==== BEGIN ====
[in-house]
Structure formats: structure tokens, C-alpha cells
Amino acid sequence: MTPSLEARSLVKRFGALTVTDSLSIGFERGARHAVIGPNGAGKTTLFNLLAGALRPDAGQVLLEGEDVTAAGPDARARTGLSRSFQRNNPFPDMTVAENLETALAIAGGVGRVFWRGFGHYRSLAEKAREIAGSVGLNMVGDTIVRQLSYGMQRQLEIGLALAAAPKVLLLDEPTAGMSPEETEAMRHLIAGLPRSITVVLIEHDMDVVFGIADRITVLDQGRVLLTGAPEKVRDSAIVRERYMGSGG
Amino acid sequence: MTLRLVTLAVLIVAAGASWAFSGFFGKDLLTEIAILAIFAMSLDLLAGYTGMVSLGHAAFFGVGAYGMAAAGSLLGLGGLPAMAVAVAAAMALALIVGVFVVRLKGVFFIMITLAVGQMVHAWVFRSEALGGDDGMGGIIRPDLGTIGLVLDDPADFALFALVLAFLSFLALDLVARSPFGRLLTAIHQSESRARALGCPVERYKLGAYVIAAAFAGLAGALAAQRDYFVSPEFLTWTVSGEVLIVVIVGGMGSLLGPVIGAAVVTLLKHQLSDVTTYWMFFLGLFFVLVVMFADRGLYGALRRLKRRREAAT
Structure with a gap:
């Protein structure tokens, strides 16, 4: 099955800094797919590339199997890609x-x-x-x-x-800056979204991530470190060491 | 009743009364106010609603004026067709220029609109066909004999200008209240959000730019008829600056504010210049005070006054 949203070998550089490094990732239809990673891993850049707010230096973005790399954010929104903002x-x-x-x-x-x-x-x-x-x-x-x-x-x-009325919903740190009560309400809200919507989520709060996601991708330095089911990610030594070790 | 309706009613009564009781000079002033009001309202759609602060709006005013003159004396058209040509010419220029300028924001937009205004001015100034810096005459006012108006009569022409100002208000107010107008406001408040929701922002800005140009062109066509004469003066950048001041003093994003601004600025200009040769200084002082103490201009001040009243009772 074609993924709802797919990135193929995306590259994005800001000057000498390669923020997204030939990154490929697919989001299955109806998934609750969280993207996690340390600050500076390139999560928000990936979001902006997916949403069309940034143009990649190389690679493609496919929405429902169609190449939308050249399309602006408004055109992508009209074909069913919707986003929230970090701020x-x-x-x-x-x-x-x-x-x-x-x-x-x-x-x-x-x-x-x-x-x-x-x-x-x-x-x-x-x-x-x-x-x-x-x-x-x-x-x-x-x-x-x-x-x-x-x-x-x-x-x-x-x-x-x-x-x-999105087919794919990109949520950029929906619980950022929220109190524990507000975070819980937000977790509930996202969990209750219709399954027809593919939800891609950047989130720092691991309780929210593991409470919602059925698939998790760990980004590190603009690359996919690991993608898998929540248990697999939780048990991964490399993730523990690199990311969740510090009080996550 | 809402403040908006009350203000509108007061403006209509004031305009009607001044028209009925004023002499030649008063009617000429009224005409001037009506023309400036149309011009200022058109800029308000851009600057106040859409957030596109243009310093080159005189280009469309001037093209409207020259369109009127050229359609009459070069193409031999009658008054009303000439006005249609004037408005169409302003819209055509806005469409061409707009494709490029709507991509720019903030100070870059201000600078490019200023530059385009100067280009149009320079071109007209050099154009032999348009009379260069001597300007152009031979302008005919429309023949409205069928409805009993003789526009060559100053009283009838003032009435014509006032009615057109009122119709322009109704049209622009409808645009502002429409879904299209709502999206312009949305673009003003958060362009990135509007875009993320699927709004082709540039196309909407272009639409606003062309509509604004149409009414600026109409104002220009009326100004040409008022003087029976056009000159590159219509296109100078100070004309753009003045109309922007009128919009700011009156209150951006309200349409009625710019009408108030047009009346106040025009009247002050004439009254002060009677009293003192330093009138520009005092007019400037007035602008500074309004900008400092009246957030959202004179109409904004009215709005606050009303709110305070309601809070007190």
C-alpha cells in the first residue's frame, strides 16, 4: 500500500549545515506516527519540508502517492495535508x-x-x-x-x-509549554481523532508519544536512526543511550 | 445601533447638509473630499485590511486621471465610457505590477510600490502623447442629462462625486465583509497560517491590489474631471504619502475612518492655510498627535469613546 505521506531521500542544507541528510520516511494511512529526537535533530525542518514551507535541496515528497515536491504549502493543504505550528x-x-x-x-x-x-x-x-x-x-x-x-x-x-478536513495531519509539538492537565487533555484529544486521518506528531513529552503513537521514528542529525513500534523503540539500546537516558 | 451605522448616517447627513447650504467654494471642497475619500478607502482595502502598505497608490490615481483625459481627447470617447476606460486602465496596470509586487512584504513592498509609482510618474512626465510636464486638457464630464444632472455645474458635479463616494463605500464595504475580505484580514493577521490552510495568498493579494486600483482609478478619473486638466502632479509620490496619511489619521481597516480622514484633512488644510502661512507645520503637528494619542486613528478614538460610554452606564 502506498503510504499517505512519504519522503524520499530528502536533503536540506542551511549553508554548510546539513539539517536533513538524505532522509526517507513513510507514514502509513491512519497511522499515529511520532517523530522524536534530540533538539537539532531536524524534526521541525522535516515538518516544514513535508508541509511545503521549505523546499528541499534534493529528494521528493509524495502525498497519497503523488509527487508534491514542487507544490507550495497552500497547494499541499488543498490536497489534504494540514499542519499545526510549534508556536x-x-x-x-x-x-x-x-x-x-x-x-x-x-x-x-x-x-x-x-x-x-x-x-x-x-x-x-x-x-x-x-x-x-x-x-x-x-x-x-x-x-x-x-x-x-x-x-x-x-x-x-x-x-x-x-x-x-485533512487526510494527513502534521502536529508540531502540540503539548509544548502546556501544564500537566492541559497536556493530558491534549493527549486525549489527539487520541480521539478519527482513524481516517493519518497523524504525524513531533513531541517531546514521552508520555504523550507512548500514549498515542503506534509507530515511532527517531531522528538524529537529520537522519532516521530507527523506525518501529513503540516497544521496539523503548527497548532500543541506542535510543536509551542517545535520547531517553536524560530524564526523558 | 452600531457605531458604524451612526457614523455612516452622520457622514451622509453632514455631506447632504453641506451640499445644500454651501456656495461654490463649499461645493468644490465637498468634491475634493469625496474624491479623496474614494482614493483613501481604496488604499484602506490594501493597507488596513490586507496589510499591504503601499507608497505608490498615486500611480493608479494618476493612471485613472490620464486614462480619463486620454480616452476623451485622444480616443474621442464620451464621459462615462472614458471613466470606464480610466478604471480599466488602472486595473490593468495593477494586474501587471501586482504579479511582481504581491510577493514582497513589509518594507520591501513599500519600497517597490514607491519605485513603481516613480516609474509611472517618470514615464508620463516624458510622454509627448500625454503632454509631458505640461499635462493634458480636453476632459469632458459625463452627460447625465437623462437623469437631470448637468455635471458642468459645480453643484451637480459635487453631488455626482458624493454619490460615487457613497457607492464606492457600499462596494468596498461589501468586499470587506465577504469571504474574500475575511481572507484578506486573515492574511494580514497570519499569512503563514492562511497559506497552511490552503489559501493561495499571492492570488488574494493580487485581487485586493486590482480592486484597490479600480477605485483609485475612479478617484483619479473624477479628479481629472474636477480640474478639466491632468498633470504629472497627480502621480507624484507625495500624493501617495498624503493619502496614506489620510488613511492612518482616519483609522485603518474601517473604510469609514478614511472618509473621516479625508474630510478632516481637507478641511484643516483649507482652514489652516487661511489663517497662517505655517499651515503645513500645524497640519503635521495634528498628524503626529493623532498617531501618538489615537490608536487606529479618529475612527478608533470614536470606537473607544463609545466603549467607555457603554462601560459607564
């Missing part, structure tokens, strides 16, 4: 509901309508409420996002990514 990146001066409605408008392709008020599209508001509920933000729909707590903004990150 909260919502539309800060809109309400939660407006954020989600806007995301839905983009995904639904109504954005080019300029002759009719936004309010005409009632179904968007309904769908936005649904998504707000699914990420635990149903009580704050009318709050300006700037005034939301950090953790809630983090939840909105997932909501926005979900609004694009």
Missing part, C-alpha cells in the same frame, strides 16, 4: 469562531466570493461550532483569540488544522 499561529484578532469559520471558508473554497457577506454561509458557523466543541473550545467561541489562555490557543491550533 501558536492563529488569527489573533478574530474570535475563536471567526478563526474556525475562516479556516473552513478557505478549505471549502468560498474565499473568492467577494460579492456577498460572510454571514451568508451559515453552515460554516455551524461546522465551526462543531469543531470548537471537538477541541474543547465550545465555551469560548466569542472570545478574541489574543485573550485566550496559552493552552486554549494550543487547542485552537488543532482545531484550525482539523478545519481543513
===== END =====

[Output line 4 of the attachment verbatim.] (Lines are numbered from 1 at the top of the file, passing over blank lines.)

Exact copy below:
Amino acid sequence: MTLRLVTLAVLIVAAGASWAFSGFFGKDLLTEIAILAIFAMSLDLLAGYTGMVSLGHAAFFGVGAYGMAAAGSLLGLGGLPAMAVAVAAAMALALIVGVFVVRLKGVFFIMITLAVGQMVHAWVFRSEALGGDDGMGGIIRPDLGTIGLVLDDPADFALFALVLAFLSFLALDLVARSPFGRLLTAIHQSESRARALGCPVERYKLGAYVIAAAFAGLAGALAAQRDYFVSPEFLTWTVSGEVLIVVIVGGMGSLLGPVIGAAVVTLLKHQLSDVTTYWMFFLGLFFVLVVMFADRGLYGALRRLKRRREAAT